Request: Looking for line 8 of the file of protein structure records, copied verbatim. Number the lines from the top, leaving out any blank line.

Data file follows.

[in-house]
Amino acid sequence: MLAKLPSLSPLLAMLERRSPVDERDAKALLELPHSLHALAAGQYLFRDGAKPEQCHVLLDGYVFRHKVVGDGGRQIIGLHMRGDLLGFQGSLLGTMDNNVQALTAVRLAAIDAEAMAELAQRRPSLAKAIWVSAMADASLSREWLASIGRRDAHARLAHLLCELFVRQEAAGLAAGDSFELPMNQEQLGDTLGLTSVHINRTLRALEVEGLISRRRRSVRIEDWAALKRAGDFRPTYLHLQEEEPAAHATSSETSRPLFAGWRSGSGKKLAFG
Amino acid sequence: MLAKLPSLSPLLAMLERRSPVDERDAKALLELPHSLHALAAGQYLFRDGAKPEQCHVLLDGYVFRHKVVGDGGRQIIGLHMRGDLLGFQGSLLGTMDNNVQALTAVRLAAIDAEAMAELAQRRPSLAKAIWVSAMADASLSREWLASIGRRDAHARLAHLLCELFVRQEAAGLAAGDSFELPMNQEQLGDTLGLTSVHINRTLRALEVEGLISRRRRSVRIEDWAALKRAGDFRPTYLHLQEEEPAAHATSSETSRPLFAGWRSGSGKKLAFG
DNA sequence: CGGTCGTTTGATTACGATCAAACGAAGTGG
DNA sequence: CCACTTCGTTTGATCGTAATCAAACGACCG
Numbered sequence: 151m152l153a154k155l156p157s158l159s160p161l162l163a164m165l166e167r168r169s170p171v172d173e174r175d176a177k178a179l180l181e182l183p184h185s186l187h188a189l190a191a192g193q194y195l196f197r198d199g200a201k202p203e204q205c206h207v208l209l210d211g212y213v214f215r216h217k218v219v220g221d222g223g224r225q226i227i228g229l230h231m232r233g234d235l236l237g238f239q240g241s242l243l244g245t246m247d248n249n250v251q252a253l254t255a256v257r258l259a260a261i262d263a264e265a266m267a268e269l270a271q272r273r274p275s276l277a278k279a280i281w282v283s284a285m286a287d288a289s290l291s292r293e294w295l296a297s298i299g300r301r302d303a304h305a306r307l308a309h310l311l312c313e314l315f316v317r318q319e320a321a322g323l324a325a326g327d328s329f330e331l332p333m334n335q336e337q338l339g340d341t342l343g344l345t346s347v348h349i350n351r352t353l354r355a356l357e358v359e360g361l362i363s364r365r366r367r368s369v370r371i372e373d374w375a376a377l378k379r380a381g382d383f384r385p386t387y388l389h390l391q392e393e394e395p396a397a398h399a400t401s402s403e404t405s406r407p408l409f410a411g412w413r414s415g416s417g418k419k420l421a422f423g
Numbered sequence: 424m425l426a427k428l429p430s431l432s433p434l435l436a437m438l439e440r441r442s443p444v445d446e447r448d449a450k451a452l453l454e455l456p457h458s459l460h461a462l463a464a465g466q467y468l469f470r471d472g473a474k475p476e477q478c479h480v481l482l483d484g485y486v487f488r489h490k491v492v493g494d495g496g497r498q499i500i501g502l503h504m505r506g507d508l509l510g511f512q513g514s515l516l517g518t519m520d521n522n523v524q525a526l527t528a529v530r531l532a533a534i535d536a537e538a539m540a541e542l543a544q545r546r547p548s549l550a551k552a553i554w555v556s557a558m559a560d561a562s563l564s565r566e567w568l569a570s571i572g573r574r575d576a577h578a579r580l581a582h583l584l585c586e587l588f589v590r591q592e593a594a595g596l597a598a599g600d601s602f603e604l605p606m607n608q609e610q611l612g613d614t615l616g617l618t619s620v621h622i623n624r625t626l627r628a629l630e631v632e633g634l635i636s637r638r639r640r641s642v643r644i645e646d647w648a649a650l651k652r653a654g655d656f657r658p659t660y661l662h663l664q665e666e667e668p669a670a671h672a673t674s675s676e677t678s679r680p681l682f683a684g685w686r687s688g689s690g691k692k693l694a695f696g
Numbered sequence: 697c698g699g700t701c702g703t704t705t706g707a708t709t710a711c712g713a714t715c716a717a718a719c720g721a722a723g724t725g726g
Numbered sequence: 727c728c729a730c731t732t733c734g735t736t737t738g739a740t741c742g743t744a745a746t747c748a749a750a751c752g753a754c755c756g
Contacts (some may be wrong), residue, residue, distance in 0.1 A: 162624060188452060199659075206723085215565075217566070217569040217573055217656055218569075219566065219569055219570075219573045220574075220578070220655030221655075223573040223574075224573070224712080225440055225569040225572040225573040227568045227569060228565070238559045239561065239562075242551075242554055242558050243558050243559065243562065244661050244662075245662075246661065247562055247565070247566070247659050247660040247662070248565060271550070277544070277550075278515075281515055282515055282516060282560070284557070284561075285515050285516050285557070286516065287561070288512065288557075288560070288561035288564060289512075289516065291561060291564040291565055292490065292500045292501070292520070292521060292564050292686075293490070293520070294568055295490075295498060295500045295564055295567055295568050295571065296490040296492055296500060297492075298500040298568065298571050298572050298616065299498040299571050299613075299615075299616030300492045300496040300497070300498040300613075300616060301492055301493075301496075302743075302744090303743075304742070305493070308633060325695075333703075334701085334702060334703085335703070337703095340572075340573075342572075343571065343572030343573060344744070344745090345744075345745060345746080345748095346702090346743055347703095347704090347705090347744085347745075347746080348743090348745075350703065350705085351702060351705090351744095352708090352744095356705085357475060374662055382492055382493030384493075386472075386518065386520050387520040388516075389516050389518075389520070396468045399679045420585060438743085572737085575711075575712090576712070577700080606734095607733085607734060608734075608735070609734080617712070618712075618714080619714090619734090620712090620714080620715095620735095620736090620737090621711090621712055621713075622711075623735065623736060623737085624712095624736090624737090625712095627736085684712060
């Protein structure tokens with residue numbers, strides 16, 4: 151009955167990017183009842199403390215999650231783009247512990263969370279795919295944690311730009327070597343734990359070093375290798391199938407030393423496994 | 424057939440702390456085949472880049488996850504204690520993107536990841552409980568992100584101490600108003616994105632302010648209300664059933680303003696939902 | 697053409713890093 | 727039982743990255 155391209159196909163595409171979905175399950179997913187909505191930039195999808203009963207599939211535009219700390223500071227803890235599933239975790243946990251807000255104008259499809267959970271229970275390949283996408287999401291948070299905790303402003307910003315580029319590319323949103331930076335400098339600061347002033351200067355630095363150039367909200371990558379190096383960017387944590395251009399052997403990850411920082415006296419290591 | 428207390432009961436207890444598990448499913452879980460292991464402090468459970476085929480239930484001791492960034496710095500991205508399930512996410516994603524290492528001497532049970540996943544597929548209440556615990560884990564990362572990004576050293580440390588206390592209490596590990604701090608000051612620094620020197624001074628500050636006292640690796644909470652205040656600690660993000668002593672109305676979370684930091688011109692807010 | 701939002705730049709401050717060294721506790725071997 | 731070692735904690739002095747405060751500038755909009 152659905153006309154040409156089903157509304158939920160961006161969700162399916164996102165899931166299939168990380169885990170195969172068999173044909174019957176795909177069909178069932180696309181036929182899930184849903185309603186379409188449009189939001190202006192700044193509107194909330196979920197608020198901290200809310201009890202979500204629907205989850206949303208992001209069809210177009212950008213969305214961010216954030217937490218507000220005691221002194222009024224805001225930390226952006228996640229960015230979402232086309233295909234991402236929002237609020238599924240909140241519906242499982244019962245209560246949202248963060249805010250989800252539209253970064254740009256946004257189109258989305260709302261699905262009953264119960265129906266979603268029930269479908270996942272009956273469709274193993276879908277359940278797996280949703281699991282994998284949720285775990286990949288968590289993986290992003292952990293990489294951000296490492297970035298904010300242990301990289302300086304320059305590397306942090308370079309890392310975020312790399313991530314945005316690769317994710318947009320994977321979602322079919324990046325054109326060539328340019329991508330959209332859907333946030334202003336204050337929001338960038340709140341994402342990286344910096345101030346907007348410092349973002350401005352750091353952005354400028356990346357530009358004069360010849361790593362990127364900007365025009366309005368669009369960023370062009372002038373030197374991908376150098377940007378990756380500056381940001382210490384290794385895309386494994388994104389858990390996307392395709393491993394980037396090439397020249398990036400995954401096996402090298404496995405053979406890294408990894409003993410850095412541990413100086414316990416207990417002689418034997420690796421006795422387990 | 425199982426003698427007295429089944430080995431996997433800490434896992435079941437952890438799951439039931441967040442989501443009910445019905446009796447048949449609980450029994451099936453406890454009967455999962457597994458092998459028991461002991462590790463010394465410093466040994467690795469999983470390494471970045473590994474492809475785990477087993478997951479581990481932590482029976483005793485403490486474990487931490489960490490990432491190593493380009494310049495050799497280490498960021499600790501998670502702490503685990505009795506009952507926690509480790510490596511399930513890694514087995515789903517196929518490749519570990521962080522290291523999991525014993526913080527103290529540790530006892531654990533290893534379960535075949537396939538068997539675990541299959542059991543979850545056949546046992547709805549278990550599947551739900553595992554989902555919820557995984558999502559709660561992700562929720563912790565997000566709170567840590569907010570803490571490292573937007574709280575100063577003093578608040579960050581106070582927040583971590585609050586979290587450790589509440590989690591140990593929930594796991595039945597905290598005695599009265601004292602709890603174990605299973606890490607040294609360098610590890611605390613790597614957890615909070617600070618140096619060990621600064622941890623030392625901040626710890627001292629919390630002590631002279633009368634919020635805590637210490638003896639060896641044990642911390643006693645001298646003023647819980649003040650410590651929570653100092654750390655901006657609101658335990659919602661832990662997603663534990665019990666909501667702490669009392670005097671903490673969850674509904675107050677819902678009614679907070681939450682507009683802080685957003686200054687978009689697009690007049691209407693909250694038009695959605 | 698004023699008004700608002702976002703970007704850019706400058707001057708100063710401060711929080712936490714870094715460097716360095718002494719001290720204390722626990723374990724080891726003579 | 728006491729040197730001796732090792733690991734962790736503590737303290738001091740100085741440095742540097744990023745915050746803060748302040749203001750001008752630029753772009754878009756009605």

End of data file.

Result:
Numbered sequence: 697c698g699g700t701c702g703t704t705t706g707a708t709t710a711c712g713a714t715c716a717a718a719c720g721a722a723g724t725g726g